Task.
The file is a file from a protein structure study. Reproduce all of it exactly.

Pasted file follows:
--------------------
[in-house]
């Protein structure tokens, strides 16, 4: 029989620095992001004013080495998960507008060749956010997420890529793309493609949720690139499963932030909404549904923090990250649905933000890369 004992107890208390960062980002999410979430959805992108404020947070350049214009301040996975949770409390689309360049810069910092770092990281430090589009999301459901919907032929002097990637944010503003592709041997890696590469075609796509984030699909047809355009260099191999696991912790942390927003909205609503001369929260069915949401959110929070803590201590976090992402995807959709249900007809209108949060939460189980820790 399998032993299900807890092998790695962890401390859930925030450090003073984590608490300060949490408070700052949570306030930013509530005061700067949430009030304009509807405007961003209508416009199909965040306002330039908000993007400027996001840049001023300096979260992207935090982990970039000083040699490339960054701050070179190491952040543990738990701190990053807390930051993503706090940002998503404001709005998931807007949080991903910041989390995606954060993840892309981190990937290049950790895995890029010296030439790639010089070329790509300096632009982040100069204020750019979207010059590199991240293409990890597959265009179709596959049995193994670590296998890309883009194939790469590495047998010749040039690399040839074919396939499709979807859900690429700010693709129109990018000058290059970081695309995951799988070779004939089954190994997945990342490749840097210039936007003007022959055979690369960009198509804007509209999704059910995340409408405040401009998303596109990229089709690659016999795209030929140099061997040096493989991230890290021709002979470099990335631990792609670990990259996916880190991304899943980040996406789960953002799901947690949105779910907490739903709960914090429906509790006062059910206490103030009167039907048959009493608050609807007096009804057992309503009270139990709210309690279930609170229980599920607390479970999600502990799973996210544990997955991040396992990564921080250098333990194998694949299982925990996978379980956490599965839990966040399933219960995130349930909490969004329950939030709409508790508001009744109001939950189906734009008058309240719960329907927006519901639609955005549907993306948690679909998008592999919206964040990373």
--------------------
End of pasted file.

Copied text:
[in-house]
């Protein structure tokens, strides 16, 4: 029989620095992001004013080495998960507008060749956010997420890529793309493609949720690139499963932030909404549904923090990250649905933000890369 004992107890208390960062980002999410979430959805992108404020947070350049214009301040996975949770409390689309360049810069910092770092990281430090589009999301459901919907032929002097990637944010503003592709041997890696590469075609796509984030699909047809355009260099191999696991912790942390927003909205609503001369929260069915949401959110929070803590201590976090992402995807959709249900007809209108949060939460189980820790 399998032993299900807890092998790695962890401390859930925030450090003073984590608490300060949490408070700052949570306030930013509530005061700067949430009030304009509807405007961003209508416009199909965040306002330039908000993007400027996001840049001023300096979260992207935090982990970039000083040699490339960054701050070179190491952040543990738990701190990053807390930051993503706090940002998503404001709005998931807007949080991903910041989390995606954060993840892309981190990937290049950790895995890029010296030439790639010089070329790509300096632009982040100069204020750019979207010059590199991240293409990890597959265009179709596959049995193994670590296998890309883009194939790469590495047998010749040039690399040839074919396939499709979807859900690429700010693709129109990018000058290059970081695309995951799988070779004939089954190994997945990342490749840097210039936007003007022959055979690369960009198509804007509209999704059910995340409408405040401009998303596109990229089709690659016999795209030929140099061997040096493989991230890290021709002979470099990335631990792609670990990259996916880190991304899943980040996406789960953002799901947690949105779910907490739903709960914090429906509790006062059910206490103030009167039907048959009493608050609807007096009804057992309503009270139990709210309690279930609170229980599920607390479970999600502990799973996210544990997955991040396992990564921080250098333990194998694949299982925990996978379980956490599965839990966040399933219960995130349930909490969004329950939030709409508790508001009744109001939950189906734009008058309240719960329907927006519901639609955005549907993306948690679909998008592999919206964040990373």